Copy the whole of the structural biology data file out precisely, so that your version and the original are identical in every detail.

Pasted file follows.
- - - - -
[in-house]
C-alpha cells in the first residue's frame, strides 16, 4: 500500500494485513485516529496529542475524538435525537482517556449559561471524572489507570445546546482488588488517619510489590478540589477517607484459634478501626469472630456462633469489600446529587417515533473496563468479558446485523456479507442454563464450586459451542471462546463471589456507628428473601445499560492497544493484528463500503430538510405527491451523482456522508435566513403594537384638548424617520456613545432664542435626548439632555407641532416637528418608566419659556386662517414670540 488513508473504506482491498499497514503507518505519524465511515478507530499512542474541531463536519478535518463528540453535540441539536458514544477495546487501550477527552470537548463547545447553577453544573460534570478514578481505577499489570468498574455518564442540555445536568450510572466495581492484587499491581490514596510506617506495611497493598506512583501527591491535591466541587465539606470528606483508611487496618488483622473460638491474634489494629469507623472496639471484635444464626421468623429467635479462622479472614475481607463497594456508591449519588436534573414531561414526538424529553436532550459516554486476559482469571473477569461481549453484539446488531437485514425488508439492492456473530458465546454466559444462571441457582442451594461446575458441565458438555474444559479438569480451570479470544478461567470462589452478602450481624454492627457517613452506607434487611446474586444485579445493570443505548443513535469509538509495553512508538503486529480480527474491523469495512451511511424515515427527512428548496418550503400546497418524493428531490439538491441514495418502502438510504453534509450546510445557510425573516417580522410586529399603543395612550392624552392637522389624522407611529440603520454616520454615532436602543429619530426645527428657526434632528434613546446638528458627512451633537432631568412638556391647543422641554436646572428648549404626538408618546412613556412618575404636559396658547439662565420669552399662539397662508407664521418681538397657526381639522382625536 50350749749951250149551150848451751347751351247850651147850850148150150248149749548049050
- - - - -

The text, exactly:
[in-house]
C-alpha cells in the first residue's frame, strides 16, 4: 500500500494485513485516529496529542475524538435525537482517556449559561471524572489507570445546546482488588488517619510489590478540589477517607484459634478501626469472630456462633469489600446529587417515533473496563468479558446485523456479507442454563464450586459451542471462546463471589456507628428473601445499560492497544493484528463500503430538510405527491451523482456522508435566513403594537384638548424617520456613545432664542435626548439632555407641532416637528418608566419659556386662517414670540 488513508473504506482491498499497514503507518505519524465511515478507530499512542474541531463536519478535518463528540453535540441539536458514544477495546487501550477527552470537548463547545447553577453544573460534570478514578481505577499489570468498574455518564442540555445536568450510572466495581492484587499491581490514596510506617506495611497493598506512583501527591491535591466541587465539606470528606483508611487496618488483622473460638491474634489494629469507623472496639471484635444464626421468623429467635479462622479472614475481607463497594456508591449519588436534573414531561414526538424529553436532550459516554486476559482469571473477569461481549453484539446488531437485514425488508439492492456473530458465546454466559444462571441457582442451594461446575458441565458438555474444559479438569480451570479470544478461567470462589452478602450481624454492627457517613452506607434487611446474586444485579445493570443505548443513535469509538509495553512508538503486529480480527474491523469495512451511511424515515427527512428548496418550503400546497418524493428531490439538491441514495418502502438510504453534509450546510445557510425573516417580522410586529399603543395612550392624552392637522389624522407611529440603520454616520454615532436602543429619530426645527428657526434632528434613546446638528458627512451633537432631568412638556391647543422641554436646572428648549404626538408618546412613556412618575404636559396658547439662565420669552399662539397662508407664521418681538397657526381639522382625536 50350749749951250149551150848451751347751351247850651147850850148150150248149749548049050